These values will again assist you in creating your training loads for your next season. If things went well this year, then you can model your next year after these numbers – perhaps even consider increasing your loads a small amount from year to year. If your season progressions or performances did not live up to your goals, try to identify where you went awry… too high of training load, not enough recovery, not enough consistency, or ineffective training blocks are frequently the issues cyclists encounter.
Using my 2020 season again as an example, we can easily view the consistency in training, placements of recovery weeks, and the loading progressions within the training blocks…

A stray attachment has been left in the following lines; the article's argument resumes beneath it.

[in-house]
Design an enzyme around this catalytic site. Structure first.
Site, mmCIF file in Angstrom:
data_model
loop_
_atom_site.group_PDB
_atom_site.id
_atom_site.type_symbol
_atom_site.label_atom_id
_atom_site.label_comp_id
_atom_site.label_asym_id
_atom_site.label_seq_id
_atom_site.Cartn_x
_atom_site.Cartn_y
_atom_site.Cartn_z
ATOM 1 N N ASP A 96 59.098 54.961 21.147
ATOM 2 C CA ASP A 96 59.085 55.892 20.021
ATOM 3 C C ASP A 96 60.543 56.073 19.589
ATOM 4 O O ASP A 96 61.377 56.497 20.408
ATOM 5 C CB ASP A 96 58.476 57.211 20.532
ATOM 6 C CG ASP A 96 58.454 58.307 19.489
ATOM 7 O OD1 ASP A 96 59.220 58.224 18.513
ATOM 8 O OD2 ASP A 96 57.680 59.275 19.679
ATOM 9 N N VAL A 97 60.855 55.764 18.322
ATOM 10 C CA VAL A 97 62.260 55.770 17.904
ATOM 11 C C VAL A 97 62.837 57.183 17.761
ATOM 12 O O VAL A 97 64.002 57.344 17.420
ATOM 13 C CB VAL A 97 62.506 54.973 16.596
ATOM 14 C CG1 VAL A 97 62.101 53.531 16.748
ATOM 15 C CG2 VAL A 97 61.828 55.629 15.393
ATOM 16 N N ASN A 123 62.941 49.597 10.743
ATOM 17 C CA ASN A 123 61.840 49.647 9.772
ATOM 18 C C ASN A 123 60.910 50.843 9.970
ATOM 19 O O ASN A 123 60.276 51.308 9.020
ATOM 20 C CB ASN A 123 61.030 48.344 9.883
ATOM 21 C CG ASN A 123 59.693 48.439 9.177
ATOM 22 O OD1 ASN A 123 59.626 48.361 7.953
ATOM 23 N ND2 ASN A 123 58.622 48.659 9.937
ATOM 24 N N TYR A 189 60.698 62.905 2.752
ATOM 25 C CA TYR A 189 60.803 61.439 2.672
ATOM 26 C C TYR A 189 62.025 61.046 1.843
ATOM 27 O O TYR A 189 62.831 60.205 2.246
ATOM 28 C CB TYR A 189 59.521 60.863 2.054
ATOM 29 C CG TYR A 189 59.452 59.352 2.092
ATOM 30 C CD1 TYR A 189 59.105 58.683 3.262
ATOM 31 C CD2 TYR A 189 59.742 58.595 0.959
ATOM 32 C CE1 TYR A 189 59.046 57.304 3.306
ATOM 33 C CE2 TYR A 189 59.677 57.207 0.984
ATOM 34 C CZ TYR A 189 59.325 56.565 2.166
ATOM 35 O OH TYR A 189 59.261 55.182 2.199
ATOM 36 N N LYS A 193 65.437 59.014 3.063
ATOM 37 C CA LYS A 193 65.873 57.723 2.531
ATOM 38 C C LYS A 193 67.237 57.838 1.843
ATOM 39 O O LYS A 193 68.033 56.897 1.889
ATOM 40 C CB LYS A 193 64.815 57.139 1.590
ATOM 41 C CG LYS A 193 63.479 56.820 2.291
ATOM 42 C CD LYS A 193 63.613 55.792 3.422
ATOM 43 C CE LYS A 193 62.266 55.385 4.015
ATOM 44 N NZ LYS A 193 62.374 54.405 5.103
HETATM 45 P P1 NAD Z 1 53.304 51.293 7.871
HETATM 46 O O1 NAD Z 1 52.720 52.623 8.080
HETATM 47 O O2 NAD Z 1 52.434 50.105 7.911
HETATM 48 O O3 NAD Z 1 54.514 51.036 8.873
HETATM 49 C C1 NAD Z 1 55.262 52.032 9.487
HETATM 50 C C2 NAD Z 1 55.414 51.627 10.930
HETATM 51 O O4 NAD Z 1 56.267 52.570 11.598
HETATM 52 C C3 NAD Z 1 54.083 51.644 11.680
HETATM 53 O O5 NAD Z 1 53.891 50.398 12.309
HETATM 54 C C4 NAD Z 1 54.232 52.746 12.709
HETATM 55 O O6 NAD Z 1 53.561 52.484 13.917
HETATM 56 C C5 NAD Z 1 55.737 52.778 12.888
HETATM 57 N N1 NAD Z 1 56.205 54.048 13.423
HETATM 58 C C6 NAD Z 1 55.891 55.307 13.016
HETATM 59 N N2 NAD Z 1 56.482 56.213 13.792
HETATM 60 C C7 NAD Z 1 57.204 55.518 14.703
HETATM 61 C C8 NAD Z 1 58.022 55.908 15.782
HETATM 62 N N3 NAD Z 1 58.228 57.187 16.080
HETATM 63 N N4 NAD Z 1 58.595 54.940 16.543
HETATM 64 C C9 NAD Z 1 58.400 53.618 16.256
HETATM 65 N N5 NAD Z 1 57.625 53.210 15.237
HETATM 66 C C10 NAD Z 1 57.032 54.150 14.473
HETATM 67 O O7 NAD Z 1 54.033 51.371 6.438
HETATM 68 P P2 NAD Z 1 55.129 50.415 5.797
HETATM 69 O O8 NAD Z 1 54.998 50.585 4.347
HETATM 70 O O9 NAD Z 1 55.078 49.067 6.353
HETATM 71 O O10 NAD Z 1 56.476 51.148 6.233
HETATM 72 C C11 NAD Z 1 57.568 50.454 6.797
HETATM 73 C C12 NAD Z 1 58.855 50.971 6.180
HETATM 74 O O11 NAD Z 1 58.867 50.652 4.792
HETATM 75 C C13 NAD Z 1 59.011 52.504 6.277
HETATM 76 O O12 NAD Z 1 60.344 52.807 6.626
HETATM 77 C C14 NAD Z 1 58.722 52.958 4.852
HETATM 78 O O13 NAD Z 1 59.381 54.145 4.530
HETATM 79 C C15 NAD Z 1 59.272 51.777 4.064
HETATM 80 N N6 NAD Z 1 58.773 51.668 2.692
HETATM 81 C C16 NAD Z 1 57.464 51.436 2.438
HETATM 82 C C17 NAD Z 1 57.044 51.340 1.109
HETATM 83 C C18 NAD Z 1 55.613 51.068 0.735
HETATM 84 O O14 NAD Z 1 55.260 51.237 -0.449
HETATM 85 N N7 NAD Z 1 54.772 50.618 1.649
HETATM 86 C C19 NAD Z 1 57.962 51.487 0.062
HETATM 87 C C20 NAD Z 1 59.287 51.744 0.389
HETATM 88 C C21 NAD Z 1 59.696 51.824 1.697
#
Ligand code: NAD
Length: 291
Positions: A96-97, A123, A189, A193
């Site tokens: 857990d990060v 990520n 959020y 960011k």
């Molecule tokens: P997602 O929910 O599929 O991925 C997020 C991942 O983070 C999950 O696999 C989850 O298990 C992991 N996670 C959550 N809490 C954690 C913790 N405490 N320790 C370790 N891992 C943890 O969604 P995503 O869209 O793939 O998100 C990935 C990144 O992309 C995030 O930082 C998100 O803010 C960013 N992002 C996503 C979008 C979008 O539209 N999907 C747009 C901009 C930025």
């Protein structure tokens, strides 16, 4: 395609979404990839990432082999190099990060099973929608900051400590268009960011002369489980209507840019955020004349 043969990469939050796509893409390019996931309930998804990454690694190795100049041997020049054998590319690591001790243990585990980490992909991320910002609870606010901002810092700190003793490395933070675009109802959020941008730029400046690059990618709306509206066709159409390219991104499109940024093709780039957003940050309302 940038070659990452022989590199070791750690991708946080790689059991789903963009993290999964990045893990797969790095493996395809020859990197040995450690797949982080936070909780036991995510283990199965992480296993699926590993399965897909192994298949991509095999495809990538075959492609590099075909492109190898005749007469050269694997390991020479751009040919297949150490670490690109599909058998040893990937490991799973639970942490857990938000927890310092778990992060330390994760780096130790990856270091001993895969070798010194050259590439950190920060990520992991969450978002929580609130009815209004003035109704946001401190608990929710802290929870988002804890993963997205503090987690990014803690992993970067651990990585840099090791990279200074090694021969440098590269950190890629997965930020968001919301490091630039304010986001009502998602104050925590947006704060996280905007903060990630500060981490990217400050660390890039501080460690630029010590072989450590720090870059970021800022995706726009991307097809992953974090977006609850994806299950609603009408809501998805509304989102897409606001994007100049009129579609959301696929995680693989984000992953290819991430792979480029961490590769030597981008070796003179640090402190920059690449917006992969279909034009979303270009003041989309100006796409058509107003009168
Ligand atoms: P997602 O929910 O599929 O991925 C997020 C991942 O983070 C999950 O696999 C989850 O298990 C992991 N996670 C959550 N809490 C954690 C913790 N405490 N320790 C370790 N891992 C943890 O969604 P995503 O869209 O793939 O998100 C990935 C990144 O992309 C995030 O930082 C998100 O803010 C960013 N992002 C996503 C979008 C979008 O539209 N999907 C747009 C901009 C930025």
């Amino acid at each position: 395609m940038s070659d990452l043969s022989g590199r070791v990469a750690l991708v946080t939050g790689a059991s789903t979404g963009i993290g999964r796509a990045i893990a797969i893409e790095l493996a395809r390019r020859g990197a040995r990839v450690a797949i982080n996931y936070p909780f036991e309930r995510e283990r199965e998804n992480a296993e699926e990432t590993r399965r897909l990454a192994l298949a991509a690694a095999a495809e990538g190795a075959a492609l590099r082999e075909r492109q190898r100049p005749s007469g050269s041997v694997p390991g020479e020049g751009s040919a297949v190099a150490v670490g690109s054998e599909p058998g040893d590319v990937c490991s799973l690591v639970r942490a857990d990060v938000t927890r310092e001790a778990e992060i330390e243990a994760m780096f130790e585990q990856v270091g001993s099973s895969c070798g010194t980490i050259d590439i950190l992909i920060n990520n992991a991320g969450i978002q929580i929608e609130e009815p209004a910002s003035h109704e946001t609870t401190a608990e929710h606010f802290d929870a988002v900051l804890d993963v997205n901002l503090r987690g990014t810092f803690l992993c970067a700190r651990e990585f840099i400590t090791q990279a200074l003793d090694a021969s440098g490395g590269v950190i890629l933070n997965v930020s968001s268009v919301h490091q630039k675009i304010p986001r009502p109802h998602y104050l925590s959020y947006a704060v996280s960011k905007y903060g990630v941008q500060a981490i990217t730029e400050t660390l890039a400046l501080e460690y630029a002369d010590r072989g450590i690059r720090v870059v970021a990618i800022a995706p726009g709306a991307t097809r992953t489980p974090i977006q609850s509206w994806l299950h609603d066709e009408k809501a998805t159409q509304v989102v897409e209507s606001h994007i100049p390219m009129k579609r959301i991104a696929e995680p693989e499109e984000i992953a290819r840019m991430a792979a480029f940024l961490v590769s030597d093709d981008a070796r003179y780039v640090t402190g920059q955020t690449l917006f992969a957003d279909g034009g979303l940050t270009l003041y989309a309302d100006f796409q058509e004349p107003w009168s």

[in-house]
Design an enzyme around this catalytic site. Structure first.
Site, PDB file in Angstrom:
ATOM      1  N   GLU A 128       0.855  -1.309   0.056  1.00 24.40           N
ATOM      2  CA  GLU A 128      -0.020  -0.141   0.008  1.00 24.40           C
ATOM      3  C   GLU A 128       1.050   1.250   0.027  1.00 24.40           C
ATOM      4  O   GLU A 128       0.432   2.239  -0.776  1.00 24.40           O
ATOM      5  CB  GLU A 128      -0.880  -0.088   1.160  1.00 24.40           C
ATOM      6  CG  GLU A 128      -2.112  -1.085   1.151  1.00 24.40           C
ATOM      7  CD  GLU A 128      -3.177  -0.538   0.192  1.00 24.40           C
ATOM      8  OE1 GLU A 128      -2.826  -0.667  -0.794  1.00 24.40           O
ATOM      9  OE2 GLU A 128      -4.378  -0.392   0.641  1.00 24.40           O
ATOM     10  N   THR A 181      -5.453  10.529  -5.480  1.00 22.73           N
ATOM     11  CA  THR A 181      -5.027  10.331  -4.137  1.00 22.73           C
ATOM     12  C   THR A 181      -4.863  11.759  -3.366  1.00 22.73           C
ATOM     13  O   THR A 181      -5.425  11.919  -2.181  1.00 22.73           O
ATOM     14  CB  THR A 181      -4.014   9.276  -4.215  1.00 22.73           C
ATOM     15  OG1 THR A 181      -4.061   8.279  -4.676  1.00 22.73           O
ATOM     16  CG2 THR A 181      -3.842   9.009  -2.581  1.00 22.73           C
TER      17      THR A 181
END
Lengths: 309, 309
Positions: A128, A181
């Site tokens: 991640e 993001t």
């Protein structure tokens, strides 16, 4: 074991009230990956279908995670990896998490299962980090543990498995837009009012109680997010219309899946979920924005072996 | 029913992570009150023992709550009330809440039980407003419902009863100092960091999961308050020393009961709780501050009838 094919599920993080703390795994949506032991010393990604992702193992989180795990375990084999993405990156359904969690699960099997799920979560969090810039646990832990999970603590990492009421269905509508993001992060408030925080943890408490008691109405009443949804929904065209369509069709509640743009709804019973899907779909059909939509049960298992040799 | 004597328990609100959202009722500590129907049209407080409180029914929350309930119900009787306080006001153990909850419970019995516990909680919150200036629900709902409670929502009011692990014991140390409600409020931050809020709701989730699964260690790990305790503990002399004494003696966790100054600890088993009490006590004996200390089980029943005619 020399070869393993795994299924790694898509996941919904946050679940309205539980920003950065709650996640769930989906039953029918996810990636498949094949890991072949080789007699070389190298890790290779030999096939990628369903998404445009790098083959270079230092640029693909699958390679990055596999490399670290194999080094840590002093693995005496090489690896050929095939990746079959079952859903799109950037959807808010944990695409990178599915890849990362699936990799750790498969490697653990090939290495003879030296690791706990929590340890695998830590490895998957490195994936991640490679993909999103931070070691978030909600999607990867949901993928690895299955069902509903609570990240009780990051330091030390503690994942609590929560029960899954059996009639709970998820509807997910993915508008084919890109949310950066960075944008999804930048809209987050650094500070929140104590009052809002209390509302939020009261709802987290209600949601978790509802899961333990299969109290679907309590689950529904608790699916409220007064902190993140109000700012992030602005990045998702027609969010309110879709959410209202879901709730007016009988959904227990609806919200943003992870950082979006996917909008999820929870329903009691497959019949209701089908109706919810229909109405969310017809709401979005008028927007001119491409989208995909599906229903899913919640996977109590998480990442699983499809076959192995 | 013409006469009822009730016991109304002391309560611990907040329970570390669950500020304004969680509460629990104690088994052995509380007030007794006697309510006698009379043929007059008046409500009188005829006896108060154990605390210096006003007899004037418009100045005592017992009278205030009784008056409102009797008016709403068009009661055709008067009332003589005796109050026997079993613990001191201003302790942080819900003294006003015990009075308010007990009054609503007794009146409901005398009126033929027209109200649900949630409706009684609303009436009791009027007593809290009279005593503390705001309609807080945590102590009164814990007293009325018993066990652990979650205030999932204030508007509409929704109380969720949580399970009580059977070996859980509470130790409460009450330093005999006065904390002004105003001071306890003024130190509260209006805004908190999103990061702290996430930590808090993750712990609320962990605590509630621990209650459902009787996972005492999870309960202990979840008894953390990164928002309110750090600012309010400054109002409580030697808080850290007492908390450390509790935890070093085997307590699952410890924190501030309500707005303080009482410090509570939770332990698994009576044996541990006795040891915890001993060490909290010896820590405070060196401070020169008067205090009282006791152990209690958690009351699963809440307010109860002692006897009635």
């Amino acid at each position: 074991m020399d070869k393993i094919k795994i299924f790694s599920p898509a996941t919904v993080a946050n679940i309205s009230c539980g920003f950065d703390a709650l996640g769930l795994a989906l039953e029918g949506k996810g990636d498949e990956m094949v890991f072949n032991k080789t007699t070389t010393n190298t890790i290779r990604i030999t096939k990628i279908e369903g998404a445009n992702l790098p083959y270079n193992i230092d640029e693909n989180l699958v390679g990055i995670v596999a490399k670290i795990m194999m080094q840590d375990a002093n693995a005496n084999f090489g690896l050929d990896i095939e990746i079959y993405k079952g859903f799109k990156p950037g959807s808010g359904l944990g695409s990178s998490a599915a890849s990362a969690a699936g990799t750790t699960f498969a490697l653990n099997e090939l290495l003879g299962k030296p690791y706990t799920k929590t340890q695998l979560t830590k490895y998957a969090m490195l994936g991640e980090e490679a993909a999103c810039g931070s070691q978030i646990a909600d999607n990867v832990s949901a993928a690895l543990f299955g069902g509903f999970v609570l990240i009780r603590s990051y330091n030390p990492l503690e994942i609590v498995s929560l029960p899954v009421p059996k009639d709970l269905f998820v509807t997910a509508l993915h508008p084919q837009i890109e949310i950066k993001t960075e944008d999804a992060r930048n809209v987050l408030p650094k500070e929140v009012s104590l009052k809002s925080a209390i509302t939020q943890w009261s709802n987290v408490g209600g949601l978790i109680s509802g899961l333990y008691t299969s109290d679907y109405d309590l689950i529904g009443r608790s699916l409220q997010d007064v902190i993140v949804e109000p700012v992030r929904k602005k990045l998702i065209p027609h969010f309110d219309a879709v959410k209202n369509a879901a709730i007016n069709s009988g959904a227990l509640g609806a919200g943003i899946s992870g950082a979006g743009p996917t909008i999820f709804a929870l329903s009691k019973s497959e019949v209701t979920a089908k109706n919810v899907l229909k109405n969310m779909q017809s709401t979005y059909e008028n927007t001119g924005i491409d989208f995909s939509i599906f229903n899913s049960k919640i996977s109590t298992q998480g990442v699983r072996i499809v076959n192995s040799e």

Average weekly TSS was 600. Peak loads were progressive between training blocks: around 800 for the fall base miles, 900 for winter base building, 1000 for the early summer blocks, and a max TSS week for the year was almost 1100 at the end of my final build.
The consistency in training appears effective with the exception of the visible early March influenza-A interruption. Otherwise, training blocks were consistent and recovery weeks well placed within the year. The lack of racing due to COVID-19 for 2020 allowed for ideal training progression throughout the entire year. In a normal year, with frequent racing from March through September, I would not normally see the visually appealing structured training blocks. This lack of racing allowed for ideal training; as a result, PRs in testing efforts and KOMs on Strava were achieved.
The next objective will be to use this information to design next year’s training progressions in similar fashion with the peaks in fitness to line up with A-priority events in the new season ahead. As interesting as an experiment this 2020 season has been, let’s all cross our fingers for a ‘normal’ 2021 season full of events!